Thursday, August 27, 2009

Daring Bakers tackle Dobos Torte!

The August 2009 Daring Bakers' challenge was hosted by Angela of A Spoonfulof Sugar and Lorraine of Not Quite Nigella. They chose the spectacular DobosTorte based on a recipe from Rick Rodgers' cookbook Kaffeehaus: ExquisiteDesserts from the Classic Caff├ęs of Vienna, Budapest, and Prague.

Since I'd already made this in cake class just a few months back I was going to sit this challenge out, it wasnt my favourite cake. But I suddenly felt inspired, I had some extra chocolate buttercream in the fridge, and it seemed like a good opportunity to play with my food and give it a try.

Dobos torte is a multi layered cake, composed of a sponge, chocolate buttercream, and a top sponge layer which is covered in caramel. I enjoyed the caramel part, but I find the sponge chewy and not so appetizing. I prefer buttery and crumbly, or oozy and gooey.

It quickly became apparent that making little cakes is harder than it looks! The sponge was easy enough, I halved the recipe, then spread onto a parchment on a baking sheet. It was very quick to stamp out circles with a cookie cutter. It was harder to cleanly spread buttercream onto the little discs, and I didnt have the patience to cleanly smooth it to make for a perfect presentation, so I placed almond slices on the sides of the cake. I then saved some circles, pouring caramel over them and placing them on top of my little cakes.

Please head on over to the daring kitchen for the recipe, or to join in the challenges, and to see how the other daring bakers got on.

Tuesday, August 25, 2009

Northern California and a new hobby!

I inherited a camera when my lovely husband decided to upgrade, so I had lots of fun snapping away in wine country over the weekend!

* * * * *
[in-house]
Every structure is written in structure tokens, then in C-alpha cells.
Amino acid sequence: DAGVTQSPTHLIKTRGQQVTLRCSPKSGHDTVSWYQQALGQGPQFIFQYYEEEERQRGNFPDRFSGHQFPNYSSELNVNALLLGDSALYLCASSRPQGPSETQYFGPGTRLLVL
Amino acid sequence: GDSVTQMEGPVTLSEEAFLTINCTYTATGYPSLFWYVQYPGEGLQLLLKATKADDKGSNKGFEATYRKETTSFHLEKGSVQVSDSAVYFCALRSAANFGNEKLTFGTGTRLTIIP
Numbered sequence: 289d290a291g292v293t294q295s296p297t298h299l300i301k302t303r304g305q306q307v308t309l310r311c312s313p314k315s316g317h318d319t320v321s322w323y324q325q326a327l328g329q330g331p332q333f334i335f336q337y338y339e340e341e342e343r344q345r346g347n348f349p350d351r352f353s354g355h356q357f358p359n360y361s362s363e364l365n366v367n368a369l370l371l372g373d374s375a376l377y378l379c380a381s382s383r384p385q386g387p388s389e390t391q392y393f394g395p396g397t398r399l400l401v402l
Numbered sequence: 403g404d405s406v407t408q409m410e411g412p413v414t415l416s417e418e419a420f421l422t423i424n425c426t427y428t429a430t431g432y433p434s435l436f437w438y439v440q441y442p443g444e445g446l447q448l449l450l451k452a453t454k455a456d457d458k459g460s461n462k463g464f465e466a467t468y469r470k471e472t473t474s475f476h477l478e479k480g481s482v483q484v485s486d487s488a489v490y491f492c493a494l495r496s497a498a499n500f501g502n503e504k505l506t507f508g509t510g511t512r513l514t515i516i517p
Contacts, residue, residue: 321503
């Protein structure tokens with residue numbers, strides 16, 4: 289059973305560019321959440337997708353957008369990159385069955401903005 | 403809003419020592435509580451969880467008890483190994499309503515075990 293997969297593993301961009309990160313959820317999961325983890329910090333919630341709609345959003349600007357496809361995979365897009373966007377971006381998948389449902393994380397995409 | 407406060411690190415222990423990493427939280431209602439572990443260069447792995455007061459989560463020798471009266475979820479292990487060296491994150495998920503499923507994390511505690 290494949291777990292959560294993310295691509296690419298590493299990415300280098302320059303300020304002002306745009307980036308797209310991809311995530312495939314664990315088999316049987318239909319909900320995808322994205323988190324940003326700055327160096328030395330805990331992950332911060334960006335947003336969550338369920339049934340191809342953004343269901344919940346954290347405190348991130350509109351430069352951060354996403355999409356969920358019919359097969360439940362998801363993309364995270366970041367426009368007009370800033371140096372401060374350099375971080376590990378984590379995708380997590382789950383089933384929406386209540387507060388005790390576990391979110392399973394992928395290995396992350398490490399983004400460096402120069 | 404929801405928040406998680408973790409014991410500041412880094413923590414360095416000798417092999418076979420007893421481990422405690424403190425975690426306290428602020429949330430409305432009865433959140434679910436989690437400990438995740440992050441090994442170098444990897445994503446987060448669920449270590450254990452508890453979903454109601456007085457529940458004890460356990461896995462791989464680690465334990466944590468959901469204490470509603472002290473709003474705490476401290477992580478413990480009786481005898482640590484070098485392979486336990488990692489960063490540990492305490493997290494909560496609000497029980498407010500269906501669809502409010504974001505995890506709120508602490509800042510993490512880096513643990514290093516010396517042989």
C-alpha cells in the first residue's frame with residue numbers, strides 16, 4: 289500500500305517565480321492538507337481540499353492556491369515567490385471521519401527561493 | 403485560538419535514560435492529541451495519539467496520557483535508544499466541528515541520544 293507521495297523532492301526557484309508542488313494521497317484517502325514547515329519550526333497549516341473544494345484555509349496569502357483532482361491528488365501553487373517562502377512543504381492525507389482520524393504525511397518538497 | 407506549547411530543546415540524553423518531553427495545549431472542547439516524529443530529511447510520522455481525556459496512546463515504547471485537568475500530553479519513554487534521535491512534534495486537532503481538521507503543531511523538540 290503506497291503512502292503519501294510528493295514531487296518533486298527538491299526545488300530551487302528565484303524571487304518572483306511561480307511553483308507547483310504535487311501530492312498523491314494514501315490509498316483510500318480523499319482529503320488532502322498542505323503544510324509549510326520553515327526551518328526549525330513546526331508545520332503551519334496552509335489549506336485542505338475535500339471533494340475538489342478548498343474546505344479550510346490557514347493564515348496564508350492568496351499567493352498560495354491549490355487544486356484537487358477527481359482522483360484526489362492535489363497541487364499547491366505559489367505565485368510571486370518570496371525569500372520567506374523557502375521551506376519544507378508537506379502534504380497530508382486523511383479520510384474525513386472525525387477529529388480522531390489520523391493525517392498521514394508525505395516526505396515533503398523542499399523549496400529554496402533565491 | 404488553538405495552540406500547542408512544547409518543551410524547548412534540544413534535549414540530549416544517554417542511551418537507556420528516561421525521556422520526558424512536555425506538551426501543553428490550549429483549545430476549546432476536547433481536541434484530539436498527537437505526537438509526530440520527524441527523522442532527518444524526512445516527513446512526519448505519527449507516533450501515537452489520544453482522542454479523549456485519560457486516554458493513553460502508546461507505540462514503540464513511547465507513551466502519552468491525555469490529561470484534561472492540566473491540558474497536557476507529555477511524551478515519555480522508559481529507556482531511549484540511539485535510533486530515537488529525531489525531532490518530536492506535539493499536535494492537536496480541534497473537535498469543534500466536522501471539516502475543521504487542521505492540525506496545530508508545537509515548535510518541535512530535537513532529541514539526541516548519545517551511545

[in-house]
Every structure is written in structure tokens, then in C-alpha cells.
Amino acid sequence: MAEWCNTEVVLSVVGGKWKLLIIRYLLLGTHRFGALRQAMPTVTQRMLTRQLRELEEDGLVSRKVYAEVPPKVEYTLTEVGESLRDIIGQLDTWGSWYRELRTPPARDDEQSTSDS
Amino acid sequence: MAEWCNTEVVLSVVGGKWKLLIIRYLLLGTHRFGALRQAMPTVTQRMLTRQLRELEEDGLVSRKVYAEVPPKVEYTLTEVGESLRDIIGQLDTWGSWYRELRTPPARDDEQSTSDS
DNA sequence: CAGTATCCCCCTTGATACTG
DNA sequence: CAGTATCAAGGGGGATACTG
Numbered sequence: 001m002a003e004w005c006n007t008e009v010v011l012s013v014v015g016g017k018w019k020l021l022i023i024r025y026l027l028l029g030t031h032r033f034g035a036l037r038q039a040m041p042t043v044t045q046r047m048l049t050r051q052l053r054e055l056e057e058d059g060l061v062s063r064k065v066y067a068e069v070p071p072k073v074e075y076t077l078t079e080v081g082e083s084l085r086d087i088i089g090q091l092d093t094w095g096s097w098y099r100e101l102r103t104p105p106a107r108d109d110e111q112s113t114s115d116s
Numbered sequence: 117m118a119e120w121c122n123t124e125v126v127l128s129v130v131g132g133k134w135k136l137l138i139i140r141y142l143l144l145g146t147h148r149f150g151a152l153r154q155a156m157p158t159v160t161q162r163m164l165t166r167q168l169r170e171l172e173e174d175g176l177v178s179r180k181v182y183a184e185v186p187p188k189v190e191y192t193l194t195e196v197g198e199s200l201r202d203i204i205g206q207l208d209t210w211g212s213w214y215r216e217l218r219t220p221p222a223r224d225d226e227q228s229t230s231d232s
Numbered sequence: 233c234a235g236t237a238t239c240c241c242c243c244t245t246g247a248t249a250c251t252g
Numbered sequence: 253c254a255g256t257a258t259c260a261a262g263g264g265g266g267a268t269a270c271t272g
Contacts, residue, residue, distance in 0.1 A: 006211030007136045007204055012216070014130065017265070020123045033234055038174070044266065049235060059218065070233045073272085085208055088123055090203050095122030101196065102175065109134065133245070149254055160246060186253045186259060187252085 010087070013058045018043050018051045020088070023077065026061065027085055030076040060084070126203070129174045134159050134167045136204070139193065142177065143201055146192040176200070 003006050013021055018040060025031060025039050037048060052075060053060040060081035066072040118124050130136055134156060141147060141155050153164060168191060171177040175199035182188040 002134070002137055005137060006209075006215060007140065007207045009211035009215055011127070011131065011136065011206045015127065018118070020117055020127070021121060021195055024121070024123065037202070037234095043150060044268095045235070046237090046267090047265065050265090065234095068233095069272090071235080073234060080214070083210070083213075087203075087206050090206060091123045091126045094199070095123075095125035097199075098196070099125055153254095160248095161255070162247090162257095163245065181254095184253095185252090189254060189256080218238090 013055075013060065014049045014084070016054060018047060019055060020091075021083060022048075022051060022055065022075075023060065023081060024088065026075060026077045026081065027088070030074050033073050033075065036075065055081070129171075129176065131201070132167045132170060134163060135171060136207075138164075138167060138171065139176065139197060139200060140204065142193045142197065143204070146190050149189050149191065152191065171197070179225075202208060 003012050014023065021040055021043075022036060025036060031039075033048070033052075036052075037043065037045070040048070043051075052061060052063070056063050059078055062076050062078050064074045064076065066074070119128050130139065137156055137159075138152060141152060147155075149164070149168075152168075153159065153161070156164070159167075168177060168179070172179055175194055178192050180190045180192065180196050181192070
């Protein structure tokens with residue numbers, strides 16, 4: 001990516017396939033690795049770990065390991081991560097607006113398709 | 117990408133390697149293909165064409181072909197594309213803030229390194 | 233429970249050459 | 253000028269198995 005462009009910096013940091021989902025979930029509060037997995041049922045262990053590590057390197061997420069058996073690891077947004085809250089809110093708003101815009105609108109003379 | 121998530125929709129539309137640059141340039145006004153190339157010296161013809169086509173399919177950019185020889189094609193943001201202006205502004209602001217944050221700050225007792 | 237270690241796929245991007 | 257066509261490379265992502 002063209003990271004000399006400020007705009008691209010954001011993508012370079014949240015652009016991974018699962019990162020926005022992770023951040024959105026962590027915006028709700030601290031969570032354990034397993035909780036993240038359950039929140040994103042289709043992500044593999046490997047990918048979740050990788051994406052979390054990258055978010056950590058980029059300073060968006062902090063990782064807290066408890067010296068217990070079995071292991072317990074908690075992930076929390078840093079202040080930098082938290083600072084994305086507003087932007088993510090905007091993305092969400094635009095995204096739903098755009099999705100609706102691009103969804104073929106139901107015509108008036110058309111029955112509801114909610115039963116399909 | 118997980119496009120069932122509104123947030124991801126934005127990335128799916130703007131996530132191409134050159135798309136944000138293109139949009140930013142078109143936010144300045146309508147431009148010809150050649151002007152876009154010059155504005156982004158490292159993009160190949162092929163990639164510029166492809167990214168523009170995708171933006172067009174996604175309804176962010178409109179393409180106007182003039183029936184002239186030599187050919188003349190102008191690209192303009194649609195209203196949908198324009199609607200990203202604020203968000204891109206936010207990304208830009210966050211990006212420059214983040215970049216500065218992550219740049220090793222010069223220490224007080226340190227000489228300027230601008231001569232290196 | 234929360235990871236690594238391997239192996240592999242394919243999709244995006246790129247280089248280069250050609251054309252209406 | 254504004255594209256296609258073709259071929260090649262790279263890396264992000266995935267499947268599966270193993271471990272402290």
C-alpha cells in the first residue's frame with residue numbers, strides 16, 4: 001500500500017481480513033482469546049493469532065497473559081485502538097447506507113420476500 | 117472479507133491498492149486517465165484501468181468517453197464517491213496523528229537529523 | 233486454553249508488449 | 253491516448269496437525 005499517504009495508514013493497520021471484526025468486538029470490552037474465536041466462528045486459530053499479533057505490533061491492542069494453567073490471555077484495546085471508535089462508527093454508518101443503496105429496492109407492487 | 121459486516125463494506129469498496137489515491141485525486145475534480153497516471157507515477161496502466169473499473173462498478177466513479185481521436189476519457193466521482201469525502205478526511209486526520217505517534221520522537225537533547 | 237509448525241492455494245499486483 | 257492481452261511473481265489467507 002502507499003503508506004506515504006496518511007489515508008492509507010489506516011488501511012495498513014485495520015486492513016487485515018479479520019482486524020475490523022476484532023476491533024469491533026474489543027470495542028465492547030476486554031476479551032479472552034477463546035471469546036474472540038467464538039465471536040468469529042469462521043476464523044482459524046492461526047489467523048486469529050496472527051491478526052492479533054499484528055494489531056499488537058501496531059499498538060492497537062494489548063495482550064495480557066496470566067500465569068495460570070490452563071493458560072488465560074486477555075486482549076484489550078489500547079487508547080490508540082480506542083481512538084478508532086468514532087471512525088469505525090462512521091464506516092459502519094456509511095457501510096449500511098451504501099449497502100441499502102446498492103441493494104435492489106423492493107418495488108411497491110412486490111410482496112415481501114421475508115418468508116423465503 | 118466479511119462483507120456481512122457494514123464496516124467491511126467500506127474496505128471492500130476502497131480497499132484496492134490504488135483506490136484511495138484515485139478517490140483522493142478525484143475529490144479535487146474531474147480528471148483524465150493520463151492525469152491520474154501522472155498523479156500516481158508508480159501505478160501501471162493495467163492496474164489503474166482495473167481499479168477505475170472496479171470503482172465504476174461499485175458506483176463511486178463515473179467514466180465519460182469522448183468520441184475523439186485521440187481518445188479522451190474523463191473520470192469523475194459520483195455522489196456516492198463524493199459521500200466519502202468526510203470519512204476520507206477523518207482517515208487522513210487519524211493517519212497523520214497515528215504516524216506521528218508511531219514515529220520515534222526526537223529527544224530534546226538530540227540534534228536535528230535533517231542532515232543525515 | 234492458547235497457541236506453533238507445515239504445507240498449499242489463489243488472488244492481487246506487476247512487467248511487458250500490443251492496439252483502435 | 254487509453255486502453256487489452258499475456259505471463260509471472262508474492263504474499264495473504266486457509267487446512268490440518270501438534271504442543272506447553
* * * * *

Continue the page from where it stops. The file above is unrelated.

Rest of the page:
Sunday, August 23, 2009

Bounty of Oregon

I was contacted by some lovely folks in oregon to ask if I'd like to help to judge their competition. How cool is that?! I love oregon, and I love cheese and chocolate, so it was a winning combination.

Oregon Bounty Cuisinternship Contest started today, a great all espenses paid trip to follow an expert for a week. So if anyone is interested in entering, check the website, and get writing! Even if you dont win the competition, the website has lots of tools to plan a trip.

We had an absolutely lovely wedding anniversary in Portland in 2007 and keep trying to think of excuses to go back, so this was a lovely reminder that its been too long!!

The cheeses included some rogue blue cheese, a delicious goat cheese tapenade, a firm white cheese, and a very oozy brie type of cheese. Our favourite was definitely the Rivers Edge Chevre Tapenade from three ring farm, it was remeniscent of boursin with the garlic, but so much better!!

There was a very quaffable fruity tempranillo wine, which we slightly chilled since it was a warm day.

The chocolates were an interesting mixture, there was a 'hippy crunch' mix of chocolate and rice, which was a good snack. There were a couple of lavendar chocolates, a dagoba lavender dark chocolate, and some fleur de sel caramels which were topped with lavender. I really want to love lavender in desserts, but it just tastes nasty to me, so I'm sure I would have loved them without the lavender! I think my favourite were the berry chocolates which had a lovely berry mixture in them and some nice crunchy seeds.

Thursday, August 13, 2009

Real Life